Multiple LM317 - single point adjusment

Discussion in 'General Electronics Chat' started by dmachado, Mar 7, 2014.

  1. dmachado

    Thread Starter New Member

    Feb 28, 2014
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    Hello everyone,

    I am building a 300w-400w led system for a salt water aquarium, which will be using 54 10w leds and 3 sets of 18 LM317 each, for multiple current regulation.

    In page 9 of the datasheet (http://www.ti.com/lit/ds/symlink/lm317.pdf) a single control for multiple LM317 is shown.

    Does this apply to current regulation also?

    In the case of the full power configuration, I can have up to 12.5 amp (31-32V) current handled by the 18 LM317, so the one point for regulation should handle at least 16 amp.

    Another possibility is for example 3 points of regulation, 5 amps each...

    Does this make sense?

    Thanks.
     
    Last edited: Mar 7, 2014
  2. ericgibbs

    AAC Fanatic!

    Jan 29, 2010
    2,503
    380
    hi dm,
    The circuit on page #9 of the d/s is for setting the voltage output of the multiple LM317's, it will not give any current control.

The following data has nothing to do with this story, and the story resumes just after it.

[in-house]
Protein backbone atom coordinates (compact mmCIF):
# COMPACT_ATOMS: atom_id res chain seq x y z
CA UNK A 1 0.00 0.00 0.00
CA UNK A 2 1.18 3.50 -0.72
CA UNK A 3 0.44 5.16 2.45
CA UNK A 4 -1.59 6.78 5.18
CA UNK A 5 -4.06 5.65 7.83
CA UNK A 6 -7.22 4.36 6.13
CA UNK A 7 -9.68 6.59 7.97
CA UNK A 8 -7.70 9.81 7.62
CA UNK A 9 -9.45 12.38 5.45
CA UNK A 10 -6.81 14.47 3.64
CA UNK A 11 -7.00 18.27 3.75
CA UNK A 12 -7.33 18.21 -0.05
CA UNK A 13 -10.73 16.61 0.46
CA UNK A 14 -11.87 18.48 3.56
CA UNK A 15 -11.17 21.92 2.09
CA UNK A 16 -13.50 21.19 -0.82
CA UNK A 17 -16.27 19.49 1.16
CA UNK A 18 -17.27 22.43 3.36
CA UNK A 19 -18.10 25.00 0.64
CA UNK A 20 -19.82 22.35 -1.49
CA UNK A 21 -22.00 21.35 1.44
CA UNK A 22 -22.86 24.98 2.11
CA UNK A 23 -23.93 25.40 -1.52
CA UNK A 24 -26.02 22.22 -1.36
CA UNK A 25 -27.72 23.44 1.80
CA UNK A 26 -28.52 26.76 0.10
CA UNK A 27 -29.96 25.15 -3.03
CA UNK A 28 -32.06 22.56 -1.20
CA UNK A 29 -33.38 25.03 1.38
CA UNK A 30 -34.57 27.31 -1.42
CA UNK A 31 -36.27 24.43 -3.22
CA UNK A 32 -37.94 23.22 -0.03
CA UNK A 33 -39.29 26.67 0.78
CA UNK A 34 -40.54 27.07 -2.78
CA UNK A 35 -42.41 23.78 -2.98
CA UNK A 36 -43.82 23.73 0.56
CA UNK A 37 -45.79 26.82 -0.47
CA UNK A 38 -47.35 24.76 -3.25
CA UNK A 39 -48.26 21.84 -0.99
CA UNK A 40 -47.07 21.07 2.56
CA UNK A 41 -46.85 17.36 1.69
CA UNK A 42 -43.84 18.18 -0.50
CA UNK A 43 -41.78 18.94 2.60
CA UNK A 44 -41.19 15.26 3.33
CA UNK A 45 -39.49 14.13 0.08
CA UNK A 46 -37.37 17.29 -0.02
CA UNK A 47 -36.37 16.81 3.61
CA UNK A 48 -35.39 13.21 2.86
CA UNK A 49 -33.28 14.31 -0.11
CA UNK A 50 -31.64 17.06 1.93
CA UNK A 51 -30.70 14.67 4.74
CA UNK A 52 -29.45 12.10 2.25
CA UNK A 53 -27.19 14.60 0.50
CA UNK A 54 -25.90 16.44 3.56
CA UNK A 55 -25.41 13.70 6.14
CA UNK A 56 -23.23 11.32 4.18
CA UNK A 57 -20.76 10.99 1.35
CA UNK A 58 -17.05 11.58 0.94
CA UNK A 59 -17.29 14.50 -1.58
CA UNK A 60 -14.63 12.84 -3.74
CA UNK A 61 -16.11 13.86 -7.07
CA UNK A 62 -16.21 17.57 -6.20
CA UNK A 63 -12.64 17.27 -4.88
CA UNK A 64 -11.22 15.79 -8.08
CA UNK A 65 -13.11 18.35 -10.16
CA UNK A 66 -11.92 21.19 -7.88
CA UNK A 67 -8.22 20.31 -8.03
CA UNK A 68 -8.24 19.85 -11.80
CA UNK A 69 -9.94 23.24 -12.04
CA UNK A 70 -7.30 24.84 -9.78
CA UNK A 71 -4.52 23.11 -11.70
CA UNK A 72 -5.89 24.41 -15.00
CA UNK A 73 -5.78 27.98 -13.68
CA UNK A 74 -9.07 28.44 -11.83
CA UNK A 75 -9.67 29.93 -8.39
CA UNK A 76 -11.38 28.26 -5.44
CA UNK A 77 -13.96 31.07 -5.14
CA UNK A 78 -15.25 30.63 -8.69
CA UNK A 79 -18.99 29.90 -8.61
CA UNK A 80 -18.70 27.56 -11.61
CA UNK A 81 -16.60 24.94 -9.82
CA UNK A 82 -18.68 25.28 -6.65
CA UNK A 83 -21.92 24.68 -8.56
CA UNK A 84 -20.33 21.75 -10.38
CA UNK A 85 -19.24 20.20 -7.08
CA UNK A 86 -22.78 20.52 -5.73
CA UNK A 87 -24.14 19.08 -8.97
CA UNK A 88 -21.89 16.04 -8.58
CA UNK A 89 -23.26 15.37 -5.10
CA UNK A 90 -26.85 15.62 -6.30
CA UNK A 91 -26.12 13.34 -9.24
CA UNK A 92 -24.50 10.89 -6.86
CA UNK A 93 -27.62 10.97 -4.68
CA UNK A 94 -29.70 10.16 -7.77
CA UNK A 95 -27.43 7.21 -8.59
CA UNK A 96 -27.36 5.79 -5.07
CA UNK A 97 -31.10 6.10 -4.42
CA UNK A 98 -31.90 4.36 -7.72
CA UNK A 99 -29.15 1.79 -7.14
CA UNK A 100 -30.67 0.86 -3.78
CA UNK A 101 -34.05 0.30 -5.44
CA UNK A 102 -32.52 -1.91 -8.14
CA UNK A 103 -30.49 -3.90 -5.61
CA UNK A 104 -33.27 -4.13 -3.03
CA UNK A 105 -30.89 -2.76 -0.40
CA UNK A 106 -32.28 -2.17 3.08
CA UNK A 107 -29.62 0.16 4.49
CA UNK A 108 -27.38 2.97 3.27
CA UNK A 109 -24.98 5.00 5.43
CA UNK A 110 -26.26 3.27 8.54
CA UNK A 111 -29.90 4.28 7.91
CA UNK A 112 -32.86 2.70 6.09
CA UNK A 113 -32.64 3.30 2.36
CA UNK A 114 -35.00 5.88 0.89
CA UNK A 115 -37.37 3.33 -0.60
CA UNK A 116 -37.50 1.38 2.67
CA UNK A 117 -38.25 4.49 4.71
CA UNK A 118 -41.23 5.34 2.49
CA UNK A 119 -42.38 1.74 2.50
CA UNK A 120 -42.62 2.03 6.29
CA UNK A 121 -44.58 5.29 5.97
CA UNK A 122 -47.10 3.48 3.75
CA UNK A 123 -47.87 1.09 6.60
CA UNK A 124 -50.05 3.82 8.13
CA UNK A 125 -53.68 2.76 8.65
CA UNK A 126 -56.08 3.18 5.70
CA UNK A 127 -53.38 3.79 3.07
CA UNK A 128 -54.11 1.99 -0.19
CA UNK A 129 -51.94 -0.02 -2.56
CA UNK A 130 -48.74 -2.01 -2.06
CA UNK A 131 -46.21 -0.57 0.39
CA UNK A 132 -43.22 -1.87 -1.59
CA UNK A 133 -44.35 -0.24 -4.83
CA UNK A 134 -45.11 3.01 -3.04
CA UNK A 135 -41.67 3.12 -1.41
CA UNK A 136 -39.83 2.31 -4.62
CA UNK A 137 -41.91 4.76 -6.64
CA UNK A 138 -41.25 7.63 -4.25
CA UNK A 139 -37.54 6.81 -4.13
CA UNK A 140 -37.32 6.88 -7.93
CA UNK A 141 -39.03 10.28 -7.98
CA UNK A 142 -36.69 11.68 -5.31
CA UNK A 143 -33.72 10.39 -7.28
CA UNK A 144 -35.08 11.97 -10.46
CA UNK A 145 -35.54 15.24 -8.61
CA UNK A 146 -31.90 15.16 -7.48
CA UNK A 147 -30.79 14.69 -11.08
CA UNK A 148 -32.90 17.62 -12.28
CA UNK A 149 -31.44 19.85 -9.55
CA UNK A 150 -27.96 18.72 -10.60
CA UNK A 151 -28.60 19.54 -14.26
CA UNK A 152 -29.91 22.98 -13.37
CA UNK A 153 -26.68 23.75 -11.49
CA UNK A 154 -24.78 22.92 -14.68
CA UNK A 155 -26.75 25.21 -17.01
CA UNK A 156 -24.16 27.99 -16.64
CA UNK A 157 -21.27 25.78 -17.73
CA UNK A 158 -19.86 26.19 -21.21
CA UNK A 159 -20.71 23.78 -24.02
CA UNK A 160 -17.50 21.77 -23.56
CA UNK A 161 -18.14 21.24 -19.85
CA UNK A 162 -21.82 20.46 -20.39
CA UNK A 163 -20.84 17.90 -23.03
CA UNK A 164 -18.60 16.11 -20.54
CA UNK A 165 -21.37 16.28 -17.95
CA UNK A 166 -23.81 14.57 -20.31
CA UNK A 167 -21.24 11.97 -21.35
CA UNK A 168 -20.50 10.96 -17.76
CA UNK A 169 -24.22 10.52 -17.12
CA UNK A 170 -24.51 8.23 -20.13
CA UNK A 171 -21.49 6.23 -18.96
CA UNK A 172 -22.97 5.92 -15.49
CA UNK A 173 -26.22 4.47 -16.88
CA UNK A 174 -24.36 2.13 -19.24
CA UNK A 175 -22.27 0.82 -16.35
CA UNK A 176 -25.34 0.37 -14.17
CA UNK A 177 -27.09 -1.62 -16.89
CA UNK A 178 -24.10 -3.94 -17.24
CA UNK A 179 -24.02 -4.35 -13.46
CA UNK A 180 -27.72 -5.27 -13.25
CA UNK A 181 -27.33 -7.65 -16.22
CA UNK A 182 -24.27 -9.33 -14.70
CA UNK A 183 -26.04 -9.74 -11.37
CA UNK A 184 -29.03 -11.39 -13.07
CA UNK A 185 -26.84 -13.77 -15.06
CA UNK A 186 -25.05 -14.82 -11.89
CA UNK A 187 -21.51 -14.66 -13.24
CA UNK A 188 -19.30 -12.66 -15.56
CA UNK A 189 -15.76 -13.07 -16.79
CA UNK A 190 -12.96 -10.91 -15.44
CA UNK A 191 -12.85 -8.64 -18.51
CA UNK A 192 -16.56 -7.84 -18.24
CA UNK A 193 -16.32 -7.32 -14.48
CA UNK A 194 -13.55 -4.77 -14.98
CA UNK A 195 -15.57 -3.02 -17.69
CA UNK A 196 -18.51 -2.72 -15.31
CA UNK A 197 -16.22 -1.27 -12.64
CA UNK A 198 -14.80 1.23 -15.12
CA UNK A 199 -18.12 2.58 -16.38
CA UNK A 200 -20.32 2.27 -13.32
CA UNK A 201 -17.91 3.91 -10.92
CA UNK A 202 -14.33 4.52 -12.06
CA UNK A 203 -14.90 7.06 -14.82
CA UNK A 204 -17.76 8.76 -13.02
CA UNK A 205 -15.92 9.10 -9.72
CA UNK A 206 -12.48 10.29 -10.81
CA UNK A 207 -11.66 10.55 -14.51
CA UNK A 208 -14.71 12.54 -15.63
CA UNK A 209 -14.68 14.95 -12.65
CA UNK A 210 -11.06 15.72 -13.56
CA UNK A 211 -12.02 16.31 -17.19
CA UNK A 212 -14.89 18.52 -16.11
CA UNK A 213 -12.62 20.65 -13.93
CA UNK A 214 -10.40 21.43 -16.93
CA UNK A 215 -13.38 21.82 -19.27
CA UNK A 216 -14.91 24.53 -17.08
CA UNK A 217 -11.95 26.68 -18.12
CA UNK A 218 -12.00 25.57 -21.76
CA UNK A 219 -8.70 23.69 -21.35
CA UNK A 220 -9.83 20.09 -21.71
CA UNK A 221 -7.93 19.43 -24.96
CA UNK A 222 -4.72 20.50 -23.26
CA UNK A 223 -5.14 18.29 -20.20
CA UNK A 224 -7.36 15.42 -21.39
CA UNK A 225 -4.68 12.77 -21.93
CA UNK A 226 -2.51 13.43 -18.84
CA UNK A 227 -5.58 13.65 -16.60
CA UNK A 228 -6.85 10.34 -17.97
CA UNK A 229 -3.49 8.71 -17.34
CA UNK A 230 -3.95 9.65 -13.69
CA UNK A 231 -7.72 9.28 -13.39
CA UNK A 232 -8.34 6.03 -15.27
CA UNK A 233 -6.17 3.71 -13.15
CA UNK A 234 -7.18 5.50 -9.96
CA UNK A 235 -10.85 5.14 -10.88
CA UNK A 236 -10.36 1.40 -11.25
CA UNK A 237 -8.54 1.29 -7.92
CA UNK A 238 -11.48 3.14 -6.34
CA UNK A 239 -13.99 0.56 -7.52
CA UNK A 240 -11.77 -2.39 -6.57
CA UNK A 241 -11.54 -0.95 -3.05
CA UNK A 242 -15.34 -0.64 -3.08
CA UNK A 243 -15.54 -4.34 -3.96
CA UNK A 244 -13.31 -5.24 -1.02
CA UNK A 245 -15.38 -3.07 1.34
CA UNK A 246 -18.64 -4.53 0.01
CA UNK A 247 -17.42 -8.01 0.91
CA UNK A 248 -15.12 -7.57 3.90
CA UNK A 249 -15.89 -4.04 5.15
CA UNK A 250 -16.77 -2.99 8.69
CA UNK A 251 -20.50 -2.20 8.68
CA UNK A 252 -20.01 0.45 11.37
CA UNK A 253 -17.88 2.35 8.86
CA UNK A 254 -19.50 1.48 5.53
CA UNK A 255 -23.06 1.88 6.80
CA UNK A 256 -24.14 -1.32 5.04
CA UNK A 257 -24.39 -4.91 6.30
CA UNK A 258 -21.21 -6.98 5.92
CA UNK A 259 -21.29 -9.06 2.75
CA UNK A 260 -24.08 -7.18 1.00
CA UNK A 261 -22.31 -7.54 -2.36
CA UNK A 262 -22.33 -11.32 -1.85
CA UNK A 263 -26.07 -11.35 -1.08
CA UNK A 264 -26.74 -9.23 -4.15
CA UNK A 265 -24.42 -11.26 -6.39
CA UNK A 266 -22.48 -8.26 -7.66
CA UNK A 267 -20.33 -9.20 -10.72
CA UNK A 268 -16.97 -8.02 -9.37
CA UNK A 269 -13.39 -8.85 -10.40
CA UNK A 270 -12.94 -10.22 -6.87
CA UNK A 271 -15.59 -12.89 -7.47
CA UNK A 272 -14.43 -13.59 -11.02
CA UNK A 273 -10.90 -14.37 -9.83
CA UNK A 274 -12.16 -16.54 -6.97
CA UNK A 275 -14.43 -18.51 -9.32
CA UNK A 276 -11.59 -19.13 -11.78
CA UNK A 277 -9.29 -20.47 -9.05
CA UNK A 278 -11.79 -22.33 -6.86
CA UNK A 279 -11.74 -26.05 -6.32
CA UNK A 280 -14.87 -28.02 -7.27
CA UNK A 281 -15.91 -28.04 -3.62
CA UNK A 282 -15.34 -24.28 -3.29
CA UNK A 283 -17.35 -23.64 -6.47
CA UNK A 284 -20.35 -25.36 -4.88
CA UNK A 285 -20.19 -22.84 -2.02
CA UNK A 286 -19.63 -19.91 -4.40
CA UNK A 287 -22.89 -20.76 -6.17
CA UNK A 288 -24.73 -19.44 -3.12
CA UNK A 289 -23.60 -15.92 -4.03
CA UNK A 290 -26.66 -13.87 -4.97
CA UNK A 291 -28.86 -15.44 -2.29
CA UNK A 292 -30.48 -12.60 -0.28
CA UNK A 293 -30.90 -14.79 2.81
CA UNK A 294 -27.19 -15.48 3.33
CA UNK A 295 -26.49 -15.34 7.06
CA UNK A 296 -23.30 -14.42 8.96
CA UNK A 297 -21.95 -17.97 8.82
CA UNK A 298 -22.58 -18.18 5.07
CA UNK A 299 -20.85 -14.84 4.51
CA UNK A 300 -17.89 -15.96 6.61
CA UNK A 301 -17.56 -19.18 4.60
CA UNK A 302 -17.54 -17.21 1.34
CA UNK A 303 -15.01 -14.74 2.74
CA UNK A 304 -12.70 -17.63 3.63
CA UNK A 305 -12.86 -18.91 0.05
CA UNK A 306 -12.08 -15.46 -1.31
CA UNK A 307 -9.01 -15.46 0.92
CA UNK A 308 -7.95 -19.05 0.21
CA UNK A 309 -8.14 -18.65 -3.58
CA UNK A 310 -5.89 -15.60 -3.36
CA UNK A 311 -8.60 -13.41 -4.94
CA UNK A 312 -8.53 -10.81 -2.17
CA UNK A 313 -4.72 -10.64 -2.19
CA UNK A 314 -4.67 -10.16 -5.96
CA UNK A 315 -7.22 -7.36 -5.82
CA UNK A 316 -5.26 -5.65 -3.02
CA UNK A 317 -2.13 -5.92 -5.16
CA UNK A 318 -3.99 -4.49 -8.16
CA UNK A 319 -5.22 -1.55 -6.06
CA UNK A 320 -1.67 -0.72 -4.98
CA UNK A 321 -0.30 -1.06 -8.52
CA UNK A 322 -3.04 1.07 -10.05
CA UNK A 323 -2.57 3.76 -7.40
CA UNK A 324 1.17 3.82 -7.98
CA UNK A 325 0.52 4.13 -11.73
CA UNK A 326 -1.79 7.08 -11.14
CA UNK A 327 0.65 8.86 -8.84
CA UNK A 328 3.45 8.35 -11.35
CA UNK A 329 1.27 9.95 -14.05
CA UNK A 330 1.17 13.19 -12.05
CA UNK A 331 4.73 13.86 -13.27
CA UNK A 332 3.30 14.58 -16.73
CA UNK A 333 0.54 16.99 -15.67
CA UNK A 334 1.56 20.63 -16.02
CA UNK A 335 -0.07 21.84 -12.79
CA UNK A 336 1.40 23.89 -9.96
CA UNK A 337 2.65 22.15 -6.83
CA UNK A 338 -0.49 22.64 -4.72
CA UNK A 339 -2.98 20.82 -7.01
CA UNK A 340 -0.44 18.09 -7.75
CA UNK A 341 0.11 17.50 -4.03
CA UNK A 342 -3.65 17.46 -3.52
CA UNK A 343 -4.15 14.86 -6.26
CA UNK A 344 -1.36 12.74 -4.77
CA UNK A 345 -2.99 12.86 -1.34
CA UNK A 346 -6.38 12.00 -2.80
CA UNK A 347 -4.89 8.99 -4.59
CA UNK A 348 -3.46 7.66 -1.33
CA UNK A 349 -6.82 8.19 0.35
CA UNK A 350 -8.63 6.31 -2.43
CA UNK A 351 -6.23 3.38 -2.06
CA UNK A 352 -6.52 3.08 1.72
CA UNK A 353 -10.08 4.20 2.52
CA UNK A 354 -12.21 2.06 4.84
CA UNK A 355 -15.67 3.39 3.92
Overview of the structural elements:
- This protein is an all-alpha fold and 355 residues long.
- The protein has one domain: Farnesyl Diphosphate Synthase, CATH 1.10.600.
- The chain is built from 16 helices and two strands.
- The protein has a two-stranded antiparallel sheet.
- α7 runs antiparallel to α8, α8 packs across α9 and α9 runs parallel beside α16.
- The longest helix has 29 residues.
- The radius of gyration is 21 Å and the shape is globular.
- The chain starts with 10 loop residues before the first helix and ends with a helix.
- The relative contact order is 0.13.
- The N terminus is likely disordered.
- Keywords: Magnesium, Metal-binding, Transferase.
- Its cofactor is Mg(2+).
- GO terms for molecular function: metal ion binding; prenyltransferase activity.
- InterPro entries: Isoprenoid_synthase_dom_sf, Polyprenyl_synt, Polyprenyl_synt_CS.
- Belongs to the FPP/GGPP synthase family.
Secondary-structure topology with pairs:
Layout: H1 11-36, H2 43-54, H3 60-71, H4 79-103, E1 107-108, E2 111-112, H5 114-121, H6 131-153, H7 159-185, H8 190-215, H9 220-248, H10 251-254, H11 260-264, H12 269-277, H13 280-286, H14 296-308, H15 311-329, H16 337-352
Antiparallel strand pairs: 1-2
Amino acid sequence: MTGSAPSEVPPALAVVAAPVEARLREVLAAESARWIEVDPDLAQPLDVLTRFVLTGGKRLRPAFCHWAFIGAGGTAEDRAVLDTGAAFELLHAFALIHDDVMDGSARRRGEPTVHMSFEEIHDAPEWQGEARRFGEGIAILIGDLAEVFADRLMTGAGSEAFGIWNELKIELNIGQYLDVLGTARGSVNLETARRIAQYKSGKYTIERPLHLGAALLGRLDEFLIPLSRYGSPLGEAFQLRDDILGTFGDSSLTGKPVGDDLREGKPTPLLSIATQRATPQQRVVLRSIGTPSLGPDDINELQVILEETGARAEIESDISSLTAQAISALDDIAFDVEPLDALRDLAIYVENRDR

E
     
    Last edited: Mar 7, 2014
  3. BobTPH

    Active Member

    Jun 5, 2013
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    For brightness control, you would be better off using PWM. You could use a MOSFET to control each string of LEDs and drive them all with the same PWM signal.

    Bob
     
  4. wayneh

    Expert

    Sep 9, 2010
    12,118
    3,042
    I agree. There's too much wattage here to be wasting more by using linear control methods.
     
  5. ScottWang

    Moderator

    Aug 23, 2012
    4,854
    767
    Maybe using 3 old atx power supply are more easy to reach what you want, in series 3 psu and adjust the voltage one of them to meet 31~32V.
     
  6. mcgyvr

    AAC Fanatic!

    Oct 15, 2009
    4,769
    969
    As already stated multiple LM317 chips in CC mode is a horrible choice for that much power..
    I would highly recommend meanwell LDD drivers or similar with suitable cv power supply.. They can be dimmed with a 5V PWM signal which is fairly common in reef controllers/led controllers now.

    Your led specs are what..
    1000mA @ 9-12Vf ??

    You could get a few 10A+ 48V supplies and put 4 x 10W leds on each meanwell LDD driver..

    How many gallons/tank dimensions? What type of coral? SPS or just LPS/softies?
    What color temp LED's are you getting..

    I build/design/recommend LED systems for reef tanks all the time and have seen it all..

    Be aware that the color temp on Chinese 10W LEDs varies GREATLY.. You could order 2 x 10K from the same vendor and get 2 totally different colors... Most of us now are using a mix of cool white...royal blue plus some neutral or warm whites... a few reds/greens.. and some UV to get a more "full spectrum".. Back in the day it was only cool white and royal blue. But a more full spectrum build brings out colors that you didn't get with only cool whites/royal blue combos